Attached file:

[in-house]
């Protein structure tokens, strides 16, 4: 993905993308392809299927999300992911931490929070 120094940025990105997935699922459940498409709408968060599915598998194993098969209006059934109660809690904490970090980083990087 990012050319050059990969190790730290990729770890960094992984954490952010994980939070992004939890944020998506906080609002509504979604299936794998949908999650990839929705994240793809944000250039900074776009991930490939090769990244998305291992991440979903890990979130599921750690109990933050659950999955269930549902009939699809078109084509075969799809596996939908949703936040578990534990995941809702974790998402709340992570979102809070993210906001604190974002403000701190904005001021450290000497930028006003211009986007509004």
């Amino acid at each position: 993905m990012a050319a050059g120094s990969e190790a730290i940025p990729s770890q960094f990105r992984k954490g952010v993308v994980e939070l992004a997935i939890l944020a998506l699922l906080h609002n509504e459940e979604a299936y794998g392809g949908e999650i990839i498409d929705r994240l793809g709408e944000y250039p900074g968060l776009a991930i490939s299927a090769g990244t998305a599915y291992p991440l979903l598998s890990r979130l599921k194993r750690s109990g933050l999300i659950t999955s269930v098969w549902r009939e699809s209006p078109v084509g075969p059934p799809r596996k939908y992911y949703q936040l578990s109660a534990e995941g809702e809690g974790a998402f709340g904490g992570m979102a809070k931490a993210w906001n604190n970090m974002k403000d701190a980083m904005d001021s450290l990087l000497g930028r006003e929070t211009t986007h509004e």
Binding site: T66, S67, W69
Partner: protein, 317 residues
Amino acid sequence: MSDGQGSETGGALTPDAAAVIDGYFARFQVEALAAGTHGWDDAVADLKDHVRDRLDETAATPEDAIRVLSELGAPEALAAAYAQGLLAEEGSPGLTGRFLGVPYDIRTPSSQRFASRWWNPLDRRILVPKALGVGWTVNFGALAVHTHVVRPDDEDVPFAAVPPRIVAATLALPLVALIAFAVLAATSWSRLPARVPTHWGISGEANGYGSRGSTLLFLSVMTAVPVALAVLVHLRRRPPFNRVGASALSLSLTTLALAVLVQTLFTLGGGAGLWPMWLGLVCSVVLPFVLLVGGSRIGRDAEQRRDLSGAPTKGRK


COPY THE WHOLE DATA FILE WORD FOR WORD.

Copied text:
[in-house]
């Protein structure tokens, strides 16, 4: 993905993308392809299927999300992911931490929070 120094940025990105997935699922459940498409709408968060599915598998194993098969209006059934109660809690904490970090980083990087 990012050319050059990969190790730290990729770890960094992984954490952010994980939070992004939890944020998506906080609002509504979604299936794998949908999650990839929705994240793809944000250039900074776009991930490939090769990244998305291992991440979903890990979130599921750690109990933050659950999955269930549902009939699809078109084509075969799809596996939908949703936040578990534990995941809702974790998402709340992570979102809070993210906001604190974002403000701190904005001021450290000497930028006003211009986007509004």
């Amino acid at each position: 993905m990012a050319a050059g120094s990969e190790a730290i940025p990729s770890q960094f990105r992984k954490g952010v993308v994980e939070l992004a997935i939890l944020a998506l699922l906080h609002n509504e459940e979604a299936y794998g392809g949908e999650i990839i498409d929705r994240l793809g709408e944000y250039p900074g968060l776009a991930i490939s299927a090769g990244t998305a599915y291992p991440l979903l598998s890990r979130l599921k194993r750690s109990g933050l999300i659950t999955s269930v098969w549902r009939e699809s209006p078109v084509g075969p059934p799809r596996k939908y992911y949703q936040l578990s109660a534990e995941g809702e809690g974790a998402f709340g904490g992570m979102a809070k931490a993210w906001n604190n970090m974002k403000d701190a980083m904005d001021s450290l990087l000497g930028r006003e929070t211009t986007h509004e």
Binding site: T66, S67, W69
Partner: protein, 317 residues
Amino acid sequence: MSDGQGSETGGALTPDAAAVIDGYFARFQVEALAAGTHGWDDAVADLKDHVRDRLDETAATPEDAIRVLSELGAPEALAAAYAQGLLAEEGSPGLTGRFLGVPYDIRTPSSQRFASRWWNPLDRRILVPKALGVGWTVNFGALAVHTHVVRPDDEDVPFAAVPPRIVAATLALPLVALIAFAVLAATSWSRLPARVPTHWGISGEANGYGSRGSTLLFLSVMTAVPVALAVLVHLRRRPPFNRVGASALSLSLTTLALAVLVQTLFTLGGGAGLWPMWLGLVCSVVLPFVLLVGGSRIGRDAEQRRDLSGAPTKGRK